WELLINGTON — Hector Arsenault told Justin Trudeau he would be prime minister.
© Nancy MacPhee/Journal Pioneer
Janice Gaudet and grandson, three-month-old Ty Simpson, pose for a photo with Justin Trudea, who made a stop in Wellington Monday for a meet at greet at the Vanier Centre. Trudeau is vying for the leadership of the Liberal Party of Canada.
Those words were spoken while Trudeau visited the ailing man in his Wellington home in the summer 2010.
The 40-year-old Liberal MP, the son of the late Pierre Elliott Trudeau, earlier this fall took the first major step on the road to becoming prime minister by throwing his hat in the ring for leadership of the Liberal Party of Canada.
Monday, he returned to Wellington where he was greeted by almost 300 party faithful. Absent was Hector, who passed away from cancer in October 2011.
However, several of his family, armed with pictures of that day in 2010 when Trudeau visited their father and husband, came out to support his leadership bid.
“Dad was a big fan of Justin Trudeau’s dad. He read so much about him and he knew all about their lives. When Justin was over, there wasn’t anything he needed to ask,” said Hector’s daughter, Bernice. “Dad was so choked up. He couldn’t believe Justin was in our house.”
The visit lasted about 30 minutes and hundreds of photograph were taken.
Before Trudeau left, Hector put his hand on the Liberal MP’s shoulder and spoke.
“I will see you as the next prime minister of Canada, just like your father.”
Bernice believes that her father’s words will come true.
Casually dressed in jeans, Trudeau weaved his way through the crowd, stopping to chat with supporters, posing for photos, shaking hands and listening to concerns of those who came out for the event at the Vanier Centre.
But it was his almost 20-minute speech — done entirely off the cuff and with no talking notes — that captured the crowd’s attention.
In French and English, Trudeau spoke of the need to unify the Liberal party, a party, he said, for all Canadians.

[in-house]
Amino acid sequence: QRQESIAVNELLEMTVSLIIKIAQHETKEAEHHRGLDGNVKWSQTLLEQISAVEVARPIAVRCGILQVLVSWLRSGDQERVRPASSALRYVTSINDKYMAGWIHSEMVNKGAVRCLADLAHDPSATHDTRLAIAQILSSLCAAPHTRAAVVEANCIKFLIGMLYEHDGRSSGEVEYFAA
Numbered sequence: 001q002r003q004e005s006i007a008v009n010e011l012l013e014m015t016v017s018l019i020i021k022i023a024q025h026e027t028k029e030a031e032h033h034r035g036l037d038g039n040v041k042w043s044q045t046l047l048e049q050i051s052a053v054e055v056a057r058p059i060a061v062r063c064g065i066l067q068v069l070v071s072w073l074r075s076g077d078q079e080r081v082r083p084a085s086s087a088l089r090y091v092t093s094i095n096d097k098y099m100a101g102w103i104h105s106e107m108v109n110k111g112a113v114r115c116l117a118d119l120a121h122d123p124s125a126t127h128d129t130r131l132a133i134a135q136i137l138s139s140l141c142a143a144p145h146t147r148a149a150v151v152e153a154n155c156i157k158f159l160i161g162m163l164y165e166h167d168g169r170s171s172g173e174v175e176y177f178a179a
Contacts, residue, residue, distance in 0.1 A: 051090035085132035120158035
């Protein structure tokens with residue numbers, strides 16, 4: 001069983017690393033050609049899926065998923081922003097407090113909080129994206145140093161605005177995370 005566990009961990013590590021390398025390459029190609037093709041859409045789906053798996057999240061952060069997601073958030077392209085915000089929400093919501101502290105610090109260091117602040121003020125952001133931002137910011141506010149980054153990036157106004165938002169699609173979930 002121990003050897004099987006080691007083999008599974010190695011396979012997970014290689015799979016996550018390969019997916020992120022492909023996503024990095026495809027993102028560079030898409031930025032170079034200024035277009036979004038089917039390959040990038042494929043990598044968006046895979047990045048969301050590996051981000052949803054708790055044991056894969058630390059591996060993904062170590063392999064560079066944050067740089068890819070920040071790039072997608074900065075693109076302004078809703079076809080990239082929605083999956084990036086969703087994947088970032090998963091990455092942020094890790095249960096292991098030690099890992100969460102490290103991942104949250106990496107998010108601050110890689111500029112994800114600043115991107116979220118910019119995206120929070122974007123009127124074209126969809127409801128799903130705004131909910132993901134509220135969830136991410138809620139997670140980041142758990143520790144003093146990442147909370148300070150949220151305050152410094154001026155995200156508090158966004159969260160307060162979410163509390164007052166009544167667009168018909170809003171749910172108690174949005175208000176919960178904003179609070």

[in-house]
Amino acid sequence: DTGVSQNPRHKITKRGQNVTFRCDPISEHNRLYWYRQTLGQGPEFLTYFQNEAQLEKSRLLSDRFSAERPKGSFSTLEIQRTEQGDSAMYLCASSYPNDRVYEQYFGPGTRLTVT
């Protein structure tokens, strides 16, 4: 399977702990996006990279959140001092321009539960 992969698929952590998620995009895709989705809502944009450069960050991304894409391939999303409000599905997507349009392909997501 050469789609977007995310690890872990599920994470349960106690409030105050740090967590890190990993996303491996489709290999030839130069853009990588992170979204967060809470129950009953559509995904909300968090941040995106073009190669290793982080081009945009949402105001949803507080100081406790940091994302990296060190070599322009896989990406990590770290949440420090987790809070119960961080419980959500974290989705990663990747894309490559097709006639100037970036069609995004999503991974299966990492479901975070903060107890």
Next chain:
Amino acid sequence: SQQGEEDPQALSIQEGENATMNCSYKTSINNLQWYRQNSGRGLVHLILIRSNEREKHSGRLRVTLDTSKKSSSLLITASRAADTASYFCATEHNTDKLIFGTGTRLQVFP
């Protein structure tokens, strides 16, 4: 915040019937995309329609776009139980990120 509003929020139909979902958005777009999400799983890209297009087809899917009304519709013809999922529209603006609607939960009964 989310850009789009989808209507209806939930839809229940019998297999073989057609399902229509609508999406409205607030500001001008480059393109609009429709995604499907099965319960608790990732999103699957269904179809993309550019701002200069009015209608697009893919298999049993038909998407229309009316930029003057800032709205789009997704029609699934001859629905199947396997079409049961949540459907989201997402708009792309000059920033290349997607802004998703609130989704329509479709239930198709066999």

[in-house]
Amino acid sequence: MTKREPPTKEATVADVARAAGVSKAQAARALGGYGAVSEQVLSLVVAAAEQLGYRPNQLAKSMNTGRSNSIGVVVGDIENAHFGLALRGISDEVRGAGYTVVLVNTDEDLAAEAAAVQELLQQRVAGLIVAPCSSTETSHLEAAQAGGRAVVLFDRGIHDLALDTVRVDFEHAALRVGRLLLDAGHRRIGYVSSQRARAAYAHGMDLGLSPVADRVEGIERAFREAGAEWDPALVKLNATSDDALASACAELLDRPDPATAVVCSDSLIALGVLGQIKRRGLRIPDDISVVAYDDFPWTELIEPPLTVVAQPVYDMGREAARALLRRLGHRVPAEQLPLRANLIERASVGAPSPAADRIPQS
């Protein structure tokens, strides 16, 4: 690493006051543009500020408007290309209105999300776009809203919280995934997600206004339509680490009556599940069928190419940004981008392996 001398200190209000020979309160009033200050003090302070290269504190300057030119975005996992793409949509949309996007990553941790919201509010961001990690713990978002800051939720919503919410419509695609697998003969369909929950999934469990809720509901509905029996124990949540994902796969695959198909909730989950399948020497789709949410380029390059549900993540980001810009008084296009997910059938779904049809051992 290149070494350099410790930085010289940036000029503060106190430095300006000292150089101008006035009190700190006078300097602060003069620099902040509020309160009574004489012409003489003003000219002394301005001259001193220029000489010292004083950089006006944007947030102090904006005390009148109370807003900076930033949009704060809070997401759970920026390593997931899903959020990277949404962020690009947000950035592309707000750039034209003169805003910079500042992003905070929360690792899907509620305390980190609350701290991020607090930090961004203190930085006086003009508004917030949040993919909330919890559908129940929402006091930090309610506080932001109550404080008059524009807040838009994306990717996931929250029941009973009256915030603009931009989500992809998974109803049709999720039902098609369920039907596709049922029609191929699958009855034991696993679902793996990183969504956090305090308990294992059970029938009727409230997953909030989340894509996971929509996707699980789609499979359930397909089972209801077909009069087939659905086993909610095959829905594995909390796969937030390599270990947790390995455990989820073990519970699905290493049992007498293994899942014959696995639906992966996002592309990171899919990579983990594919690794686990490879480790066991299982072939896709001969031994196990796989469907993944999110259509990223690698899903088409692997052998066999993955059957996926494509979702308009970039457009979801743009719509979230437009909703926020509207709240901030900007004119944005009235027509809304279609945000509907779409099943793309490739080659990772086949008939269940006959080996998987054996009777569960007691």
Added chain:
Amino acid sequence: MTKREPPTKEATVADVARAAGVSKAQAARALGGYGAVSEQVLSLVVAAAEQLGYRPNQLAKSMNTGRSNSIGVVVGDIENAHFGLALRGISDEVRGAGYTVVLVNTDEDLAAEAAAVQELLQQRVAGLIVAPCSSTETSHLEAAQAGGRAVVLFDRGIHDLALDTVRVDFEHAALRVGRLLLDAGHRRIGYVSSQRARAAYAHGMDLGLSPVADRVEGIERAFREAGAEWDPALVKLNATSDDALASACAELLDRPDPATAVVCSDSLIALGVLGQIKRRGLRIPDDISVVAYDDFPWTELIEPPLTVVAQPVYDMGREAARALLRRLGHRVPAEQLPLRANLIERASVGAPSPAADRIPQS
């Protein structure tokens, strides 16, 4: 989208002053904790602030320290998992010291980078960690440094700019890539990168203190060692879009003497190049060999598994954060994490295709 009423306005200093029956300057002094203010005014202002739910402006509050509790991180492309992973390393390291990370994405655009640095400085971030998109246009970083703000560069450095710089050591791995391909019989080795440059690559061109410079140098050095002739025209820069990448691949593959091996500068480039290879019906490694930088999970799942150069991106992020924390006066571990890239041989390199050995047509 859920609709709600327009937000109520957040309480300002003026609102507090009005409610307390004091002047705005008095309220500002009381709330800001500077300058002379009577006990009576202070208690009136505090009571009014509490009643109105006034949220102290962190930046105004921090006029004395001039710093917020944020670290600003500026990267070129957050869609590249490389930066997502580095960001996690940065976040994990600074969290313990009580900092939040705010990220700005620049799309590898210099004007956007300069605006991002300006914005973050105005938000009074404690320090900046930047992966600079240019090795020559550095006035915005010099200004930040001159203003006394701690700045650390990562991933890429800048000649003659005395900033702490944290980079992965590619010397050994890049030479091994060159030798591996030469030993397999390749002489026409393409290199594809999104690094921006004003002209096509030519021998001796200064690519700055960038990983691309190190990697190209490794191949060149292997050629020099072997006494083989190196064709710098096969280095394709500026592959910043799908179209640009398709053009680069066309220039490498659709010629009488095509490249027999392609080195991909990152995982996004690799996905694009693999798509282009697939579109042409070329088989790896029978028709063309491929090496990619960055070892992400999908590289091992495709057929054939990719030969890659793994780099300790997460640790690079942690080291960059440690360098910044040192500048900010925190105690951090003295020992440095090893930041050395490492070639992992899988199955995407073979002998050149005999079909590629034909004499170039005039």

“The challenges we face are significant. The Liberal Party went from 170 seats in 2000 to 135 in 2004… to 35 in the most recent election. That’s a pretty straight line,” said Trudeau. “We have to change. We have to realize that there is a lesson in this, that the Liberal Party spent an awful lot of time turned in on itself, focusing on its own ambitions and its own future instead of focusing on the future of this country, focusing on Liberals and not just Canadians.”
One of the main reasons he decided to run for the leadership was the sense of cynicism he feels among Canadians when it comes to politics and government.
Trudeau said although the wealth of the country has grown, the working class has not reaped any benefits.
“We have a government that doesn’t so much believe in government and is doing its darnedest to convince everyone else it isn’t much good either,” he added. “We need to change that because this is a very special place to which people have come from all over the world… to build a better life for themselves.”
But, said Trudeau, the promise of prosperity, which Canada was built on, is one he feels Canadians no longer holds true.
“That’s why I have launched this campaign, to try and serve my country the best way I possibly can imagine, which is fighting for hard-working Canadians of the middle-class,” he added. “We’ve just been neglecting the hard-working Canadians who keep their heads down and put food on their table.”
Trudeau criticized what he called the Republican-style politics of the Stephen Harper Conservatives, saying they are playing on “fear and envy and mistrust, regional differences and different perspectives” to get elected.
“You can’t actually govern worth a damn once you divided the country that way.”
Trudeau said differences from coast to coast to coast should make Canada stronger.
“What this country deserves is to have, once again, a political party that speaks to, for and with all Canadians, a party that will say the same thing en français in a community hall in P.E.I. as they’ll say in an office tower in Calgary,” he added. “A prime minister needs to be a prime minister for all Canadians even if you voted for him or not.”
And that is who Trudeau feels he is.
The campaign for the leadership of the Liberal Party of Canada officially kicks off on Wednesday. Five other Liberals have announced their intention to run for the leadership with the deadline for those to announce their intent being Jan. 14.
A new Liberal leader will be decided April 14, 2013.